US National Parks, West Coast US

Lava Tubes – Craters of the Moon National Monument, Idaho (part II)

One of my favorite adventure activities is exploring caves. I’ve never truly gone spelunking (it’s on my to-do list), but if we’re somewhere with a cave, we always sign up for the tours. As it happens, formation of caves in lava flows is fairly common, meaning there are a few caves at Craters of the Moon that are open for exploration.

Unlike many parks, entry to the caves at Craters of the Moon is free, though we did have to obtain a permit at the visitor center. The reason for the permit system is two-fold; to limit the number of people entering the caves, and to protect the local bat populations against White Nose Syndrome, a disease that is currently decimating bats all across the country. To prevent the spread of this disease, any clothing or gear (including cameras) that have ever been in another cave or mine are not allowed inside the caves at Craters of the Moon without following proper decontamination protocols.

Once we obtained our caving permit, we proceeded to the Caves Trail, located just past the halfway point on the park loop road. At this trailhead is the 1.6 mile (2.6 km) paved trail to four different caves. All four caves are lava tubes: caves that form when the top layer of lava hardens over while molten lava is still flowing beneath the surface. Once the flow of lava ceases, what remains is essentially a tunnel.


The first lava tube we went to was Dew Drop Cave, located just 0.2 miles (0.33 km) from the trailhead. This is the smallest of the caves, with two entrances leading to separate sections of the cave. There is no artificial light or established trail in any of the caves at Craters of the Moon; sturdy shoes and flashlights are necessary.

Dew Drop Cave

Two-tenths of a mile (0.33 km) beyond Dew Drop cave, the trail splits. We continued straight for 0.3 miles (0.5 km) to Boy Scout and Beauty Caves. The entrance to Boy Scout Cave and the passages inside are smaller than the other caves and required a bit of crawling. It was also extremely dark and cool inside Boy Scout Cave – we even saw some ice in cracks on the floor! The cool, wet environment inside the cave allowed for formation of some very unique and intricate mineral features.


Boy Scout Cave

Beauty Cave was much easier to enter and the main room is much larger. Signs warn against exploring beyond this main room. The first time I visited Craters of the Moon was actually in 2003 with my family. My dad took a photo of my mom, sister, and me near one of these warning signs and it’s the least flattering photo of my mom that has ever existed. It must have been the combination of the pitch black environment and the brightness of the camera flash that caught her off guard. Her face just looks utterly blank. My sister tried to reproduce the photo on this more recent trip but was ultimately unable to replicate my mom’s expression.

(Don’t worry, Mom, I’m not posting the photo!)


Beauty Cave

Anyway, to get to the final cave we headed back to the fork in the trail and turned left. This took us to a set of metal stairs leading down into Indian Tunnel. Lava tubes can range greatly in size; while the other 3 caves are relatively small, Indian Tunnel is 30 feet (9 m) high, 50 feet wide (15 m), and 800 feet (244 m) long. There are periodic openings in the ceiling of Indian Tunnel, so a flashlight wasn’t needed. However, as in the other caves there was no established trail.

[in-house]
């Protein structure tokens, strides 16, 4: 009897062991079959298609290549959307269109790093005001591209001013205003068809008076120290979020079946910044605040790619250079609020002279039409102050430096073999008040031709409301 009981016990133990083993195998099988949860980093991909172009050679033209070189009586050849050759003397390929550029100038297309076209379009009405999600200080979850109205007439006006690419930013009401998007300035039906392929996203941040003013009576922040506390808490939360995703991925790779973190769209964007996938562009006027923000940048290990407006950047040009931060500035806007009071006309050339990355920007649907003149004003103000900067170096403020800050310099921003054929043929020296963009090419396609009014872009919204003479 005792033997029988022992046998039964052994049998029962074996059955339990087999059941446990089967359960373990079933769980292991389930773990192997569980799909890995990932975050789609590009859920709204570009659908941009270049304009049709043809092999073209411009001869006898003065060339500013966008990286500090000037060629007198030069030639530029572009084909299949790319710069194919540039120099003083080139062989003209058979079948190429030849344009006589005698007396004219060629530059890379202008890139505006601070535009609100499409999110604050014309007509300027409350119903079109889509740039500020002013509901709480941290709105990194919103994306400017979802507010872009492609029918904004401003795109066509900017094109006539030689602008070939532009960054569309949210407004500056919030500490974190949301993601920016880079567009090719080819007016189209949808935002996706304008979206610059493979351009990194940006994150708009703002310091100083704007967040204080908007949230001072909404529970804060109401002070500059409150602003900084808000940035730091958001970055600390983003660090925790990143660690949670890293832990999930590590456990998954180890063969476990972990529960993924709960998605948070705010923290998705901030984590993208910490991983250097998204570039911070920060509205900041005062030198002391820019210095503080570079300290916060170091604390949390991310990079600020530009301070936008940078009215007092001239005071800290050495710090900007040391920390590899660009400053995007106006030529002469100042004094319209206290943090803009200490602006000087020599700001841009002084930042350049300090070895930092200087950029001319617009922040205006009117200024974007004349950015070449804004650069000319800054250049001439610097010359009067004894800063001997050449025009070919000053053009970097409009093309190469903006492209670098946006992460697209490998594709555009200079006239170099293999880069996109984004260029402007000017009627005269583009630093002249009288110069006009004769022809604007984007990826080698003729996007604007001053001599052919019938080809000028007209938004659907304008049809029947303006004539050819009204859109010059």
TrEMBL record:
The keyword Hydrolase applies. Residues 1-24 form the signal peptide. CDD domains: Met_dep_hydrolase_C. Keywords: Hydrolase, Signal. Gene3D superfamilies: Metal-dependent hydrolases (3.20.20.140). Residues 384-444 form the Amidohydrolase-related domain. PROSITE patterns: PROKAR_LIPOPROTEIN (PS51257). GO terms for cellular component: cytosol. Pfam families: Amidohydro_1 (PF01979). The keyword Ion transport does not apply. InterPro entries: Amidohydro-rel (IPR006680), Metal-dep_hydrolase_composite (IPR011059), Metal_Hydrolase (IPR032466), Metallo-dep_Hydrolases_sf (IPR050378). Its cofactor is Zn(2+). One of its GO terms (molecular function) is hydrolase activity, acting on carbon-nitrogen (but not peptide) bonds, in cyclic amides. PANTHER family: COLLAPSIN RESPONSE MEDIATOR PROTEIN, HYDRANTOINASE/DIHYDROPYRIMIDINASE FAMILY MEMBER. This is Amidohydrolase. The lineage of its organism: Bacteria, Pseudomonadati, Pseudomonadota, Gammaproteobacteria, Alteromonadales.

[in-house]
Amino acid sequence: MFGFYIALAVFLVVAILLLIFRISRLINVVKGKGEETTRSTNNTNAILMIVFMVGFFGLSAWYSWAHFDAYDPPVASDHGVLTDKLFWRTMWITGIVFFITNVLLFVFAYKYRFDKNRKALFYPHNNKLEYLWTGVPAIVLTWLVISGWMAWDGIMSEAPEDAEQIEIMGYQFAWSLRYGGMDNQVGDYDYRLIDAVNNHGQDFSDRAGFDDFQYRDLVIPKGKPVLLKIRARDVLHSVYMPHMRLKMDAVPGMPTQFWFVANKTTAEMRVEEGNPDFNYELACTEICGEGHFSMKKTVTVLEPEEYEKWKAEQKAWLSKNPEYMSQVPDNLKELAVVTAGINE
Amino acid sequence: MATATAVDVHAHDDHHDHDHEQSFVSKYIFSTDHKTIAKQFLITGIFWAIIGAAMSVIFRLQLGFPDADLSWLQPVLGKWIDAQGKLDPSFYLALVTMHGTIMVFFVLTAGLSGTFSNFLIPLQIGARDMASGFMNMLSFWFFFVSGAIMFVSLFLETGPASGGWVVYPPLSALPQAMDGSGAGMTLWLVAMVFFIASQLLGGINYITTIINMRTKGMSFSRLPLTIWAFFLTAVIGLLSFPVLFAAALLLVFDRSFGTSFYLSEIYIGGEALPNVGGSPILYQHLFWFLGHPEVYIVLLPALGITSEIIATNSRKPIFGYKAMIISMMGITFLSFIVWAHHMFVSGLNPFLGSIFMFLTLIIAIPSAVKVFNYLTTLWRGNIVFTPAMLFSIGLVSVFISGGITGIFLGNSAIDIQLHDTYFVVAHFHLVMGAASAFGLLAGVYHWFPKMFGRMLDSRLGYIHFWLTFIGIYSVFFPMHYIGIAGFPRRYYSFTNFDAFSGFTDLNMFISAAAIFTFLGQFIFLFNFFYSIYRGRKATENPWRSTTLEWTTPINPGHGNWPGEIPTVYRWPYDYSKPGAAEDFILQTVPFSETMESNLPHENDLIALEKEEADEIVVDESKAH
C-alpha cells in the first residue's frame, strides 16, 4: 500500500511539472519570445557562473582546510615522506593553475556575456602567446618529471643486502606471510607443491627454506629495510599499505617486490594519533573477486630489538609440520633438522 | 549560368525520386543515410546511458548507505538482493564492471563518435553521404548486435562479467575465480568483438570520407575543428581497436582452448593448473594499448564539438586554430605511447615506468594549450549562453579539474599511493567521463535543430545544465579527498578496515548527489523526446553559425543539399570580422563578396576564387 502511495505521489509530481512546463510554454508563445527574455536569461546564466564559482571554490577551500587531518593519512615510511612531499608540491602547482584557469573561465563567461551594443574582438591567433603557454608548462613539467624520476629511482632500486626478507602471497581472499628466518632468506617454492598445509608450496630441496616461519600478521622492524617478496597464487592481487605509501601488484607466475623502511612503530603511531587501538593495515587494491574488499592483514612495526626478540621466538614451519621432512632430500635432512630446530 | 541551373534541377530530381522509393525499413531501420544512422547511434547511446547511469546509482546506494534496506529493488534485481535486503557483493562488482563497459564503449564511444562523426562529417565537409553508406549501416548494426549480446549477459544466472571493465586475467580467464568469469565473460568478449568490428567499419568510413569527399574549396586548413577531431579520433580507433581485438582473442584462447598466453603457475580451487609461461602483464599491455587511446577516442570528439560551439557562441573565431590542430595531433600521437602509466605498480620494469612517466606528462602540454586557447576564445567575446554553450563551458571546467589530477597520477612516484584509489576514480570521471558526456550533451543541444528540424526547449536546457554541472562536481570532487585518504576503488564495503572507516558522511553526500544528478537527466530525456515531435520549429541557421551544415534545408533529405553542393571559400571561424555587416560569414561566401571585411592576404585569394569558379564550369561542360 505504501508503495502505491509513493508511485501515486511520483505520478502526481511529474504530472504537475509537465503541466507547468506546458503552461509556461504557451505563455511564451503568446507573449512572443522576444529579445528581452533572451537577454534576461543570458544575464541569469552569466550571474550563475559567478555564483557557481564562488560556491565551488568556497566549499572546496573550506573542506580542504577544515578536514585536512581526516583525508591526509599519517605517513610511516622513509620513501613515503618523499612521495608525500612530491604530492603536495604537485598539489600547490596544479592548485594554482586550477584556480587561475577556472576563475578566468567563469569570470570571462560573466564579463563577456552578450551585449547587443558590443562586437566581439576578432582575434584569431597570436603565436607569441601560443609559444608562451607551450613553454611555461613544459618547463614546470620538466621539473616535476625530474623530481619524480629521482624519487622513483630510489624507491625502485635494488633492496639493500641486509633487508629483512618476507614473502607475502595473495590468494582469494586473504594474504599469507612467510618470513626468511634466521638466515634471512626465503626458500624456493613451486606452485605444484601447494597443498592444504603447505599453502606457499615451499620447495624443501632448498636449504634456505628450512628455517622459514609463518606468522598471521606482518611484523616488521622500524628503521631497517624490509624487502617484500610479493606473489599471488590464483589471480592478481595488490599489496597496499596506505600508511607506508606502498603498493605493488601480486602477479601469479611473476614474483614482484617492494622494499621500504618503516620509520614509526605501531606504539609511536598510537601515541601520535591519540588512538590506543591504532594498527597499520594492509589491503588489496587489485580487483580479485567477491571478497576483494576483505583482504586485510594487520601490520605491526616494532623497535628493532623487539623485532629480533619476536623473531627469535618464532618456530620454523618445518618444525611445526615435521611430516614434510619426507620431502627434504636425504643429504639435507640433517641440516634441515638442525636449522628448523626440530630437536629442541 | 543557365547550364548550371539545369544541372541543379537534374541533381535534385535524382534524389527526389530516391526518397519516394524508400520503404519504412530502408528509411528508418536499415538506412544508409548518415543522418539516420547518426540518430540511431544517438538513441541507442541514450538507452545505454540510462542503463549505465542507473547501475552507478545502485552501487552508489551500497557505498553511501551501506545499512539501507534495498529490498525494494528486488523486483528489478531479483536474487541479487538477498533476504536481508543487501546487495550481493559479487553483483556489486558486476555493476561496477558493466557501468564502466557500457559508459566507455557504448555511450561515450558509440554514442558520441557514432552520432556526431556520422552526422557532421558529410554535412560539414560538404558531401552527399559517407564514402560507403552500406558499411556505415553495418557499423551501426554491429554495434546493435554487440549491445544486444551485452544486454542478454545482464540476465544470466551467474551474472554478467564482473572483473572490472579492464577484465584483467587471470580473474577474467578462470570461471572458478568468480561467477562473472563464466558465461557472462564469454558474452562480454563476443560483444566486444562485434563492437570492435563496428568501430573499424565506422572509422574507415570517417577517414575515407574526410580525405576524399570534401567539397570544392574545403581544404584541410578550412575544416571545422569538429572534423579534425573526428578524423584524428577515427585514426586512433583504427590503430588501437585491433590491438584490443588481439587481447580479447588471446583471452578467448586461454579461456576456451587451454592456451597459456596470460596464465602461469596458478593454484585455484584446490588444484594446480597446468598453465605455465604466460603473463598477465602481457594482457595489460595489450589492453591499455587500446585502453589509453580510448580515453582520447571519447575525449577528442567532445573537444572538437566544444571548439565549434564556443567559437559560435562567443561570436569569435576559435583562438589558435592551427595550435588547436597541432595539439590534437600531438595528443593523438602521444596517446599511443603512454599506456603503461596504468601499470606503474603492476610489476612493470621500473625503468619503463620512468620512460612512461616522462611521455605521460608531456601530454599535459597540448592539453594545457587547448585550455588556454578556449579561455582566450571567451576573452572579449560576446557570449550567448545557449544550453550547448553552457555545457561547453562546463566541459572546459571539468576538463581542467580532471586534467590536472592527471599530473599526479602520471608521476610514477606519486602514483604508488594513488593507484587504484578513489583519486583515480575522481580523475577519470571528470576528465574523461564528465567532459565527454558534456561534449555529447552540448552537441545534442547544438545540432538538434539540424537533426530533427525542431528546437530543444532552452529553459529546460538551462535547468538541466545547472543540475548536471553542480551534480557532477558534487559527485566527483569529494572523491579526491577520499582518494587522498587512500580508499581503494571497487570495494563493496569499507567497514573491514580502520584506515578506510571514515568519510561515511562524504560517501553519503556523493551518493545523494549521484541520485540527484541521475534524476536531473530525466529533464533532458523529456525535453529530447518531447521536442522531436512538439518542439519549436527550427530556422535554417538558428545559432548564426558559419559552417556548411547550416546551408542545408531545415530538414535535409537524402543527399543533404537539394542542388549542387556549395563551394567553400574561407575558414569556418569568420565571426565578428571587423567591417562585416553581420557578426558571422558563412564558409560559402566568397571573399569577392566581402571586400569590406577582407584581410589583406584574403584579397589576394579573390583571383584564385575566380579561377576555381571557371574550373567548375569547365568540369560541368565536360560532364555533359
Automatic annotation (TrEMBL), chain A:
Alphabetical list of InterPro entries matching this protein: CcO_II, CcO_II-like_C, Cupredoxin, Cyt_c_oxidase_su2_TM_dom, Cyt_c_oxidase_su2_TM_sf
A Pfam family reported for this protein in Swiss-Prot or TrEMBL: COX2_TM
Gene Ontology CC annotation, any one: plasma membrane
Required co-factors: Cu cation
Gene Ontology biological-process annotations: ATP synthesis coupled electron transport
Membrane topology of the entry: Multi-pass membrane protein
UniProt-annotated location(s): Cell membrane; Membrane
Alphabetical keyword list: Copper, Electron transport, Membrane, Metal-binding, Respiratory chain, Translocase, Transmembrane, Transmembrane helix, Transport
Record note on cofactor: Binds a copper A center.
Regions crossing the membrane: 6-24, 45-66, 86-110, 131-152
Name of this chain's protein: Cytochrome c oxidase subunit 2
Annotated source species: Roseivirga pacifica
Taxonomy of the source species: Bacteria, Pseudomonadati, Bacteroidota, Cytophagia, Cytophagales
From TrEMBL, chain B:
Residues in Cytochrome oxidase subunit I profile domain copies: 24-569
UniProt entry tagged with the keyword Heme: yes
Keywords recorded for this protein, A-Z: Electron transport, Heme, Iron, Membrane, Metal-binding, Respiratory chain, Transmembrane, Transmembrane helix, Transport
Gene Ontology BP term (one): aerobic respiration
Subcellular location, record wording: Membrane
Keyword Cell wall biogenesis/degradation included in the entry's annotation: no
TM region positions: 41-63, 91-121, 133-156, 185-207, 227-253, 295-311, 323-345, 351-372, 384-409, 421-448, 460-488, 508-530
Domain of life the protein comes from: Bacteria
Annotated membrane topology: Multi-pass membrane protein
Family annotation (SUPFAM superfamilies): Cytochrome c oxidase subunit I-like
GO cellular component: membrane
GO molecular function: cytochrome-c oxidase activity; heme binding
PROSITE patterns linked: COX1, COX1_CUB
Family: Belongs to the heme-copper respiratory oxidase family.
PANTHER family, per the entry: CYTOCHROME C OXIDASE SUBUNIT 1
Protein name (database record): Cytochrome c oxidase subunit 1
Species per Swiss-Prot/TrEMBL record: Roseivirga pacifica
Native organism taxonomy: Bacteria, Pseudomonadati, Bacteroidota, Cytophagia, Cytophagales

We spent the most time exploring Indian Tunnel, and were able to walk much of the length of the cave and crawl around in some smaller side tunnels. Because Indian Tunnel is much more open to the air than the other caves, the environment inside is different. It’s warmer and dryer, so the mineral formations seen in most caves were nowhere to be found.


Indian Tunnel

We definitely enjoyed the Caves Trail, and it was interesting to see the differences between limestone caves and lava caves. It was a very different caving experience from what we were used to. It’s also nice that we were able to explore the caves on our own, spending as much or little time as we wanted in each place. All in all, a fun way to wrap up our Labor Day weekend, and a good end to the summer of 2010!

The Important Stuff:

  • Getting there: located 40 miles (64 km) southwest of Arco, ID on US Highway 20/26
  • Fees & passes: $10 per car for a 7-day pass; Interagency Annual Pass accepted. Entry to the caves is free but requires a permit (available at the visitor center)
  • Camping: Lava Flow Campground; 51 sites, no reservations (you won’t need them), $15 per night
  • Hiking: the Caves Trail is 1.6 miles (2.6 km) and paved, but there are no established trails inside the caves
  • Other: Bring a flashlight, sturdy shoes, and a jacket (all of which have not been in another cave anywhere in the US or have been properly decontaminated to avoid spreading White Nose Syndrome… see the NPS website for more information). The caves are dark and undeveloped, so vigilance is important to avoid tripping on the uneven rocks, slipping on ice, or getting lost.

9 thoughts on “Lava Tubes – Craters of the Moon National Monument, Idaho (part II)”

  1. You’d never be able to do this kind of cave exploring in the UK. My favourite here though is Speedwell Cavern, part of a defunct Blue John mine in Derbyshire – guides take you around the cave in a boat!

    Liked by 1 person

    1. They were super interesting! And the biggest one is pretty open. My sister is claustrophobic as well and did ok in most of these. I definitely recommend them if you’re feeling up to it!

      Liked by 1 person

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